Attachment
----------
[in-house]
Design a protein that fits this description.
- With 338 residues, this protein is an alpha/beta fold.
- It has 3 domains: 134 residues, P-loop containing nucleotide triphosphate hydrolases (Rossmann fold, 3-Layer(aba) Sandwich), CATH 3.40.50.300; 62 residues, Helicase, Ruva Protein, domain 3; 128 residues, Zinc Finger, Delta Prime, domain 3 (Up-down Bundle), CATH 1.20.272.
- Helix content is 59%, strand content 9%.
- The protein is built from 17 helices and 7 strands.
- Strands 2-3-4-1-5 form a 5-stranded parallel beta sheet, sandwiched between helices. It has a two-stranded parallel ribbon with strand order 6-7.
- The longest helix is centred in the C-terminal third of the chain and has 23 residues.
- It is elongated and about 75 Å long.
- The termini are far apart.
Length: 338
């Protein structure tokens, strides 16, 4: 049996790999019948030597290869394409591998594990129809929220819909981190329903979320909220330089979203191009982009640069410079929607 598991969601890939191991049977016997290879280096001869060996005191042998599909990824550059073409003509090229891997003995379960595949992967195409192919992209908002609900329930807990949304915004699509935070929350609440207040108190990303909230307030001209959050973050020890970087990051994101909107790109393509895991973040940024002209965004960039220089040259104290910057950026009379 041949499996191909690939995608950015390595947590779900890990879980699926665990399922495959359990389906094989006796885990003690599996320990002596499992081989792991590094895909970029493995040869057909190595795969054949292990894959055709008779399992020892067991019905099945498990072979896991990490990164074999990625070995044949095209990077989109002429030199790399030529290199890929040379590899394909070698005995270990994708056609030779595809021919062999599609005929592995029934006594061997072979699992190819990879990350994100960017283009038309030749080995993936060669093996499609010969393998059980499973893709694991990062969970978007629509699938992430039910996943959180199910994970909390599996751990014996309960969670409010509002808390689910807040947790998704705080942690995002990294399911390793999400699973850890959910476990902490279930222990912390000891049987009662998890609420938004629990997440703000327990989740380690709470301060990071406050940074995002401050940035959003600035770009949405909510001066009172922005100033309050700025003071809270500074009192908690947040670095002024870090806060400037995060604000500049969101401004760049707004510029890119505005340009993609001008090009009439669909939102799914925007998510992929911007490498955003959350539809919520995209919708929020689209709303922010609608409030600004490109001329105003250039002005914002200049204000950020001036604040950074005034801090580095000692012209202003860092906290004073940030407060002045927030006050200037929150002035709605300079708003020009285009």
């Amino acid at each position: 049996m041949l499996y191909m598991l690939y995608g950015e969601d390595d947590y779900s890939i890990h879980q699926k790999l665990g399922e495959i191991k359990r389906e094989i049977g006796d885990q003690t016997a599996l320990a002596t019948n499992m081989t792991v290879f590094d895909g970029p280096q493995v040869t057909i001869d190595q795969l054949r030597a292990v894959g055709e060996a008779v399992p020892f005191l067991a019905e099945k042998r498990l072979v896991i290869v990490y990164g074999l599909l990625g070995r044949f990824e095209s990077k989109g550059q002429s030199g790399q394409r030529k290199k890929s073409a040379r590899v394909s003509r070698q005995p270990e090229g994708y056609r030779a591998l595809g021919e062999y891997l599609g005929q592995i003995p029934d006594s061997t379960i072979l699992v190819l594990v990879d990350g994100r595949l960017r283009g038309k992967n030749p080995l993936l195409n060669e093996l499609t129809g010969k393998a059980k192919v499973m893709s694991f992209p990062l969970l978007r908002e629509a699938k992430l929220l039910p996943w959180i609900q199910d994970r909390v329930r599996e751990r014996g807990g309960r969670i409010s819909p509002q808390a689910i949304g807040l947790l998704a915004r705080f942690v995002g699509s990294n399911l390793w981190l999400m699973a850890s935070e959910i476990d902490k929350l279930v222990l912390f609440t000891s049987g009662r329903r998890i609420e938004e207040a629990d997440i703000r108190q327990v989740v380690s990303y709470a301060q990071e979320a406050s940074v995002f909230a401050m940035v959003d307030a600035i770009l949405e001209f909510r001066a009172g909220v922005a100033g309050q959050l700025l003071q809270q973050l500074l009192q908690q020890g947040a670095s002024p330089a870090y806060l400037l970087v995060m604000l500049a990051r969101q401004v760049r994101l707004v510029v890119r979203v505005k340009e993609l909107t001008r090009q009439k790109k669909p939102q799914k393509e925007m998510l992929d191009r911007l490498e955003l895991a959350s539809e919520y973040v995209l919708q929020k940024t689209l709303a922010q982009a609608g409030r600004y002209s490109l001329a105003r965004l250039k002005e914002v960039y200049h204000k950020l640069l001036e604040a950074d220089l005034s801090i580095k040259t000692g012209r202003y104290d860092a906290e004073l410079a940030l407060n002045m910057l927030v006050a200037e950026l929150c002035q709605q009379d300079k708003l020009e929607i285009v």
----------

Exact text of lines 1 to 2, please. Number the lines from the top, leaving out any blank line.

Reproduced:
[in-house]
Design a protein that fits this description.